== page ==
Book Reviews

Half Measures

The diagnosis of trickle-down as the problem is spot-on. The cure falls woefully short. Why are liberals afraid to be liberal?

By Bruce Bartlett

Tagged LiberalismMiddle Class

Hollowed Out: Why the Economy Doesn’t Work Without a Strong Middle Class By David Madland • University of California Press • 2015 • 272 pages • $27.95

David Madland is the director of the American Worker Project at the Center for American Progress (CAP), a progressive think tank often considered the principal source of Hillary Clinton’s ideas. Among progressive think tanks, CAP has been especially concerned with the plight of the middle class and declining upward mobility. Even without CAP’s connection to Clinton, however, it would have been reasonable to assume that her presidential campaign would be heavily focused on the economic problems of the middle class. That is, after all, where the votes are; the poor don’t vote and the wealthy are too few for their votes to matter (their money is another matter).

Madland has written a brief on why the weakness of the middle class is at the root of America’s economic malaise. As someone with a Ph.D. in government, he has focused on some issues related to the middle class’s economic stagnation usually overlooked by economists: among others, a decline in social trust, the worsening quality of national governance, and the deterioration of human capital, which he defines broadly to include education, training, health, income mobility, and entrepreneurship.

The most unambiguously “economic” chapter in Hollowed Out relates how the deterioration of the income and wealth of the middle class has had important macroeconomic implications. With consumption being the key driver of short-run economic growth, any decline in consumption by the middle class is necessarily going to slow aggregate economic growth. Consumption is, of course, vitally linked to income, and income is largely a function of employment. Thus, unemployment reduces income, which reduces consumption, which reduces economic growth, which raises unemployment, and so on.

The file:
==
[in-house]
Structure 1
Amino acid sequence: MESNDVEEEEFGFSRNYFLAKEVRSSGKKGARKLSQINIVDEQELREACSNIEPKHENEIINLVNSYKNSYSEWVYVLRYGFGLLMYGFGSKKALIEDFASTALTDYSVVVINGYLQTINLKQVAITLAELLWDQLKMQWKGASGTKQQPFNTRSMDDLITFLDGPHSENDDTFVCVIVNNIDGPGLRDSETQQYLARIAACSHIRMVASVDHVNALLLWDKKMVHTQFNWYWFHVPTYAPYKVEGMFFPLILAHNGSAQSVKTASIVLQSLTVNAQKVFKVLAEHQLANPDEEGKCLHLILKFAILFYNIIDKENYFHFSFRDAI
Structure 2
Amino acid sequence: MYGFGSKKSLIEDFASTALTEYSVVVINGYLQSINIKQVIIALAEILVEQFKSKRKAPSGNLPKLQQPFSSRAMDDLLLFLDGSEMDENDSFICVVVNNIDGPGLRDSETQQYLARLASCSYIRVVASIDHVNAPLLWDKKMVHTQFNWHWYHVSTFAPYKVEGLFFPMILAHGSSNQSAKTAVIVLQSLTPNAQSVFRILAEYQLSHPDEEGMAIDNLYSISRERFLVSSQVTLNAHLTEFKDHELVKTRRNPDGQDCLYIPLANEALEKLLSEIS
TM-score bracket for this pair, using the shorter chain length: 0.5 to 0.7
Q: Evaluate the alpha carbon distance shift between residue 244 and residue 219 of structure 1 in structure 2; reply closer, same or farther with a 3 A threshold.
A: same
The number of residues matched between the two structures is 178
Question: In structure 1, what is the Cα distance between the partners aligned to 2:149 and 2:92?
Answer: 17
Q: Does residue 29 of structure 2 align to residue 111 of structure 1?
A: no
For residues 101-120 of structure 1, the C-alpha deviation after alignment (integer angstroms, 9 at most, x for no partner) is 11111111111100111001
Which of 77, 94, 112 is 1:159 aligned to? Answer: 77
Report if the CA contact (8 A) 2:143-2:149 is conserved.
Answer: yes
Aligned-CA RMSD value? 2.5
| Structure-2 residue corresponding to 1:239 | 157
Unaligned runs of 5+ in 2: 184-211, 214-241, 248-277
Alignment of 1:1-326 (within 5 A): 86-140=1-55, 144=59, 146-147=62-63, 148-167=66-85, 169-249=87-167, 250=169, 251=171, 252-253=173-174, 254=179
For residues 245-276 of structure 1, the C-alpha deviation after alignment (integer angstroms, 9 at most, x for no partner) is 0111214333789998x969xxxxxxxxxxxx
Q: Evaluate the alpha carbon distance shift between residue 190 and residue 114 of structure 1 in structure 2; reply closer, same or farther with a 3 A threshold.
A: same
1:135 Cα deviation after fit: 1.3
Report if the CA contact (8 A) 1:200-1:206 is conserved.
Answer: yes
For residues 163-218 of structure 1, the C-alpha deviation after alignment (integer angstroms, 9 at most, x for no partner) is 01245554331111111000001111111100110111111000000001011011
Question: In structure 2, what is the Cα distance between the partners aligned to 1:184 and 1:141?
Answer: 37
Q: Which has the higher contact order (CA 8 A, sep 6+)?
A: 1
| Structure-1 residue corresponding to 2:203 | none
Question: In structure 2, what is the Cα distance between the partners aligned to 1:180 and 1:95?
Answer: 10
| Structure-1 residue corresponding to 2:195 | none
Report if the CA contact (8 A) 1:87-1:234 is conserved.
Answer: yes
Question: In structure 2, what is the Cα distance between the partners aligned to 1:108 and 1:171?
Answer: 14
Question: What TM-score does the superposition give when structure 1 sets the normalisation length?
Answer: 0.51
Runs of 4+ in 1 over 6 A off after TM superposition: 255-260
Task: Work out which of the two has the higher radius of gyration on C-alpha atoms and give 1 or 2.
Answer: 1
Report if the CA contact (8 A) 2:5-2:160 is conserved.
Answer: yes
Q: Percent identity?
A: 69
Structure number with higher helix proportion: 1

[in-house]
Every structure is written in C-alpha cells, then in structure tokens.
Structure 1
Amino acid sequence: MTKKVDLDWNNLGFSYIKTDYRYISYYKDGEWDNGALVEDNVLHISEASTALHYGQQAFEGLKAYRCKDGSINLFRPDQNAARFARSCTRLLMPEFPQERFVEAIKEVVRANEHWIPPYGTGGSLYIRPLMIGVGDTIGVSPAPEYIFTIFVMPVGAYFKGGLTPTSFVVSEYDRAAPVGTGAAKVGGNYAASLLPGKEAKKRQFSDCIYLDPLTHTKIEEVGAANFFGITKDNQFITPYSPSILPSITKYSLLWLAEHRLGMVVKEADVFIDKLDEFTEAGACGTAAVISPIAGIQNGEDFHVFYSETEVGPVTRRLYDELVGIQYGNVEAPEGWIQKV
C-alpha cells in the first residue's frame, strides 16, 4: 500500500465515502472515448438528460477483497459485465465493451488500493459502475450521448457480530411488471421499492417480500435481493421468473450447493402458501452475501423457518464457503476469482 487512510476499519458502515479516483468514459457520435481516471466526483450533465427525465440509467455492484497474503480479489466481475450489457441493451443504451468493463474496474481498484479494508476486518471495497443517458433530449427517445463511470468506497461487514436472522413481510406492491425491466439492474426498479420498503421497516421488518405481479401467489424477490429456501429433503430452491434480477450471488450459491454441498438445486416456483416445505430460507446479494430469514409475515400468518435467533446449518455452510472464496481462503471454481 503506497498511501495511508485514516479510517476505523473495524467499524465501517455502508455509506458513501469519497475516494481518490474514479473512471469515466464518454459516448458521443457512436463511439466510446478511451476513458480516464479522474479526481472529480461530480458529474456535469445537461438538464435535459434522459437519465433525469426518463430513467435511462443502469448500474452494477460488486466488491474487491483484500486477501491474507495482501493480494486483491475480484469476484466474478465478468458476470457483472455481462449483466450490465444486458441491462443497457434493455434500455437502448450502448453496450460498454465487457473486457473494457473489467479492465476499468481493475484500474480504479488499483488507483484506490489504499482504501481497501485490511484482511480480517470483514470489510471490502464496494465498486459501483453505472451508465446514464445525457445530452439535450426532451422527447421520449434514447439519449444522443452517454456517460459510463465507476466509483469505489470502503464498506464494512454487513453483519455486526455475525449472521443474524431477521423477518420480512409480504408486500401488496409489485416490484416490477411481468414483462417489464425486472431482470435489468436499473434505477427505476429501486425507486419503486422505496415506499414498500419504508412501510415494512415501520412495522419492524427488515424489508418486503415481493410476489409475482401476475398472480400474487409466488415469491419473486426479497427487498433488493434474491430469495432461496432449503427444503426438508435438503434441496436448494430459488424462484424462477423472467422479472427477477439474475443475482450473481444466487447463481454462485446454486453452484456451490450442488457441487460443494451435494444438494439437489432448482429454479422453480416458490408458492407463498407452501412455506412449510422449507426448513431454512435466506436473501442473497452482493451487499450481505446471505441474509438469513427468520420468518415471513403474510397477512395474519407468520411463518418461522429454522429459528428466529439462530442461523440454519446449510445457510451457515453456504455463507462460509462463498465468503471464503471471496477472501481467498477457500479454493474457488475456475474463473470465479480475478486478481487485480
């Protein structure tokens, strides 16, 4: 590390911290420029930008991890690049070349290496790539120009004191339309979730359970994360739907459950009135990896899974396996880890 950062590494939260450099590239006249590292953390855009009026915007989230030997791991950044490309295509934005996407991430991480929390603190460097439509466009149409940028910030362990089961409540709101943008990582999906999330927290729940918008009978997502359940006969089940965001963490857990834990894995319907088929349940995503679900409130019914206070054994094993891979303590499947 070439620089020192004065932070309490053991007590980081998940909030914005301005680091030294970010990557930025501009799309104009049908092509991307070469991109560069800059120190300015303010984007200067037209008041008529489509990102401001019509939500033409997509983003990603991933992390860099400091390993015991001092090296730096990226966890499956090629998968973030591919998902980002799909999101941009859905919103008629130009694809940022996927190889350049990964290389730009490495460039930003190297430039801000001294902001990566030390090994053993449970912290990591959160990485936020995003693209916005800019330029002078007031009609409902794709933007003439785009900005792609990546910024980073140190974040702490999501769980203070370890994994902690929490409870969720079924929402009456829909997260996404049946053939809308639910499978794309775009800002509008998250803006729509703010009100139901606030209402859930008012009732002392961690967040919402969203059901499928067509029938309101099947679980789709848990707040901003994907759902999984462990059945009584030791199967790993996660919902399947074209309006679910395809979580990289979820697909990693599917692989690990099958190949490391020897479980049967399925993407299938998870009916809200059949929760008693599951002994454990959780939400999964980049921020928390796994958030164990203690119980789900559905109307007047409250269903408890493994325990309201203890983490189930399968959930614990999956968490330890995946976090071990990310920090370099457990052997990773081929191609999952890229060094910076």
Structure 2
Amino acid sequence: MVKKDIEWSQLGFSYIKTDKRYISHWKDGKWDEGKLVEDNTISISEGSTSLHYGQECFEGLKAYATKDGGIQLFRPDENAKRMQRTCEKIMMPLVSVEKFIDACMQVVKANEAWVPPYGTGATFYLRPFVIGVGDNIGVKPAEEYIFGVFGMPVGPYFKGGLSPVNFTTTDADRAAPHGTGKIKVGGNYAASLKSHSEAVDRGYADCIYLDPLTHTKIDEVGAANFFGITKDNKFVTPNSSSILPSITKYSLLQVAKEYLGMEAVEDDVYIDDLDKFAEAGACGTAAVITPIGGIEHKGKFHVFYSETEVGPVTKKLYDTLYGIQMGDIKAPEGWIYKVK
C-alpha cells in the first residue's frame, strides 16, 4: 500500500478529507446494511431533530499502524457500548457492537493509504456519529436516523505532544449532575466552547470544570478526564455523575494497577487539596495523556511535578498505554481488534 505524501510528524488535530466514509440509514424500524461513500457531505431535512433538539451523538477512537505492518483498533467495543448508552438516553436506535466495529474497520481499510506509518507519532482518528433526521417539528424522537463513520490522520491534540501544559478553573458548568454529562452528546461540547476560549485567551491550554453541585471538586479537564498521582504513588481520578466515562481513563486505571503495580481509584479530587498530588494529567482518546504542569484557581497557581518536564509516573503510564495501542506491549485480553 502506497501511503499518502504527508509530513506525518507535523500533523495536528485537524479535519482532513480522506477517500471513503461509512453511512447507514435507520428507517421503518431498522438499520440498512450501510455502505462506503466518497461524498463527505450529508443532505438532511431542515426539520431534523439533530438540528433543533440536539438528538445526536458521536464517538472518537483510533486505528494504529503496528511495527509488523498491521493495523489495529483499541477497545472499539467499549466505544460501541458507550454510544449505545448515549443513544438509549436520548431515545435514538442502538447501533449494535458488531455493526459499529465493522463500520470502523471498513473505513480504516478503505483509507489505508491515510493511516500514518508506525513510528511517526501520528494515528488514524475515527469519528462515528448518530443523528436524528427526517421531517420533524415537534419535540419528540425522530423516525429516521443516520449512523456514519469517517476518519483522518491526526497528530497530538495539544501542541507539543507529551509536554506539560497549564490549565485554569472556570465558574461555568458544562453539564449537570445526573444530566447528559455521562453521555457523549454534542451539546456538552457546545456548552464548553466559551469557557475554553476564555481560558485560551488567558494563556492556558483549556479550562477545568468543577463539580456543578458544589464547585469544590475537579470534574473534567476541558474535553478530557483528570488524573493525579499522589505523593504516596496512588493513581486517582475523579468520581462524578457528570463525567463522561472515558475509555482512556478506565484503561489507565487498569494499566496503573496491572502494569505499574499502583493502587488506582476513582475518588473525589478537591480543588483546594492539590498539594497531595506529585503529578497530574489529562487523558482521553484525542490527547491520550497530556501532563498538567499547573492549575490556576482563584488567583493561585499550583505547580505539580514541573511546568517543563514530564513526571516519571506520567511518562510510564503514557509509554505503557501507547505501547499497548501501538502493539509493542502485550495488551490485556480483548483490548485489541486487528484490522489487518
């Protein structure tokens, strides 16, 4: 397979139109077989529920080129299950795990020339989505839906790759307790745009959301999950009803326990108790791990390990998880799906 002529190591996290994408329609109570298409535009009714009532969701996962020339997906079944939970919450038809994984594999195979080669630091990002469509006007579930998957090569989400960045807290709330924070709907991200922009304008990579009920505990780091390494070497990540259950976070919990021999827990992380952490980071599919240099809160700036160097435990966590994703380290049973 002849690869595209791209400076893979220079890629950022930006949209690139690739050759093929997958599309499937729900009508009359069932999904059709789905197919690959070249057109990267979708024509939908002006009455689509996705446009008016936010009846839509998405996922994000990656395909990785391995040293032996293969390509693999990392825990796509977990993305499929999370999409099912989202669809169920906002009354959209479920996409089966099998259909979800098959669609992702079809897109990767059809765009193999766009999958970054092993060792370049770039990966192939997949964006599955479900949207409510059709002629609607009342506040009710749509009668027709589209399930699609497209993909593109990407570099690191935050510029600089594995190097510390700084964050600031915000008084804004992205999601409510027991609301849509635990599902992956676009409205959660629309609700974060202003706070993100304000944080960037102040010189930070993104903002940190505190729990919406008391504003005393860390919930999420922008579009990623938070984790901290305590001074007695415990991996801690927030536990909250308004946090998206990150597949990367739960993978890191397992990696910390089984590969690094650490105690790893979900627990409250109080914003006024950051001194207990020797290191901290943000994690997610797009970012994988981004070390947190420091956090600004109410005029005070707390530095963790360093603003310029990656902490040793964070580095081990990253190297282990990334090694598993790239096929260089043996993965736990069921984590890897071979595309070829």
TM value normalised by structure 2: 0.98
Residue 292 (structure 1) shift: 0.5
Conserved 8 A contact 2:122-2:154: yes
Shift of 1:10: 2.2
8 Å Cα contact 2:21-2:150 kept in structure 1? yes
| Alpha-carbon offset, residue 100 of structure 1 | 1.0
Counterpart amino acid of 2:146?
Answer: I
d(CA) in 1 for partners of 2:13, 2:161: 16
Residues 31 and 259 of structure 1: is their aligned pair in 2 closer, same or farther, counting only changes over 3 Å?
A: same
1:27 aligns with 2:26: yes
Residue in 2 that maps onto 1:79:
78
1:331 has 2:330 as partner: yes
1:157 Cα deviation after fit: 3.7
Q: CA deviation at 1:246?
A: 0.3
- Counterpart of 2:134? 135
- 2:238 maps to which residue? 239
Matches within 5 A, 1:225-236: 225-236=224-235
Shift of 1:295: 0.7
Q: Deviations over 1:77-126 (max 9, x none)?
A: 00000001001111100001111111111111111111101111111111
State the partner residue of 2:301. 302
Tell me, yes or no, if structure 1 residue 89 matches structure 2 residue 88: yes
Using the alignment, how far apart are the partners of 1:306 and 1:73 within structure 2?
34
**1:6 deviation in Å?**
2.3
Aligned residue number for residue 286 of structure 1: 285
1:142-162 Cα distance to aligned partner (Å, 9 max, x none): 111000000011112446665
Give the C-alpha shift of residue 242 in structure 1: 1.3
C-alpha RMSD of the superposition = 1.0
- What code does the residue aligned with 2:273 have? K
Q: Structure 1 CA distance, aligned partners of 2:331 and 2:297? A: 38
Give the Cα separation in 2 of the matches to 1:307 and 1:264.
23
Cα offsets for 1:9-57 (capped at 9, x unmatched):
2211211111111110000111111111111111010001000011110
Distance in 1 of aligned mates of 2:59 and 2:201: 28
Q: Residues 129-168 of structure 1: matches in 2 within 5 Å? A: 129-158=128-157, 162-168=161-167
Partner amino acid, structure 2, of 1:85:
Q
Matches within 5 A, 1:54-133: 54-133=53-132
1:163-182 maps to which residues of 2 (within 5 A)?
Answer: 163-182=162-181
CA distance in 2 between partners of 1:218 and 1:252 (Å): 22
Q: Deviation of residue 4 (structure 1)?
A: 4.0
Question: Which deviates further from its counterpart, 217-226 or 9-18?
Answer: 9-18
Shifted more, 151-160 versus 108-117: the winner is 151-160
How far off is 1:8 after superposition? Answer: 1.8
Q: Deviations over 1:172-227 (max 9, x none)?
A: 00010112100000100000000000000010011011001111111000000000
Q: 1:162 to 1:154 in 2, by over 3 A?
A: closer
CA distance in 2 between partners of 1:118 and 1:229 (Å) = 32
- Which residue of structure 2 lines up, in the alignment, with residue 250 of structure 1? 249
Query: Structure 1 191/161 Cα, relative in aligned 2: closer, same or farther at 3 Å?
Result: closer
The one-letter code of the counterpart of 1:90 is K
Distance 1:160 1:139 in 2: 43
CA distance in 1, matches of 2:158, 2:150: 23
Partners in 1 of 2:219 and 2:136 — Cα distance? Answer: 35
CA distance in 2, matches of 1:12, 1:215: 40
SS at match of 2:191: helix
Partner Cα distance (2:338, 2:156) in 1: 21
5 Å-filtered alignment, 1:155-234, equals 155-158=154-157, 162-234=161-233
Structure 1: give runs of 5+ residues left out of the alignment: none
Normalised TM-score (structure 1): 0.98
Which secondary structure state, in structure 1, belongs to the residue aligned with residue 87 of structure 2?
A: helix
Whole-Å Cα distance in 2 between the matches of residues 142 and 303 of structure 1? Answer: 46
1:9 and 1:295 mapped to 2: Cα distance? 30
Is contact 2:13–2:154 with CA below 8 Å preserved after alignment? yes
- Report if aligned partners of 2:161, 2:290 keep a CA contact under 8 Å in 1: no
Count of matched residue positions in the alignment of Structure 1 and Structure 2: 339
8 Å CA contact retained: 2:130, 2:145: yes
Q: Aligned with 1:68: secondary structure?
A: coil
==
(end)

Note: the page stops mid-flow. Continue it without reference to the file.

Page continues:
This is the central problem the economist John Maynard Keynes identified as the root cause of the Great Depression. But while Madland notes this fact, he seems oddly reluctant to embrace the Keynesian remedy, which would involve deficit spending on government purchases of goods and services to create jobs and incomes. As newly employed workers spend their wages, this spending would create additional economic activity in the consumer sector, while the government purchases themselves would stimulate investment and profits in the industrial sector. Accommodated by an easy money policy, Keynesian stimulus would get the economy moving onto a path of self-sustaining growth.

Instead of revitalizing this admittedly well-worn macroeconomic policy prescription—perhaps because it would be futile in an era when both President Obama and the Republican Congress are determined to reduce the budget deficit—Madland focuses more on microeconomic measures such as improving early childhood education, raising the minimum wage, and rejuvenating labor unions. Tax policy seems oddly underemphasized in his list of policy prescriptions.

It’s not that there is anything wrong with these and other microeconomic policies—it’s just that the scale of the problems confronting the middle class is so great that such small-bore initiatives are unlikely to accomplish much. Moreover, most progressives understand that higher revenues are going to be necessary, both to redress rising income inequality and to provide the resources for a meaningful package of policies—student debt relief, government jobs, higher Social Security benefits, among others—to truly revitalize the middle class.

Madland is at his most interesting and persuasive on the subject of social trust, which is the kind of issue economists generally ignore. In terms of “trust,” he is concerned that rising income inequality has led to geographical isolation of different income classes from each other, thus making the middle class less sensitive to the plight of the poor, and the wealthy more self-absorbed. As Madland writes: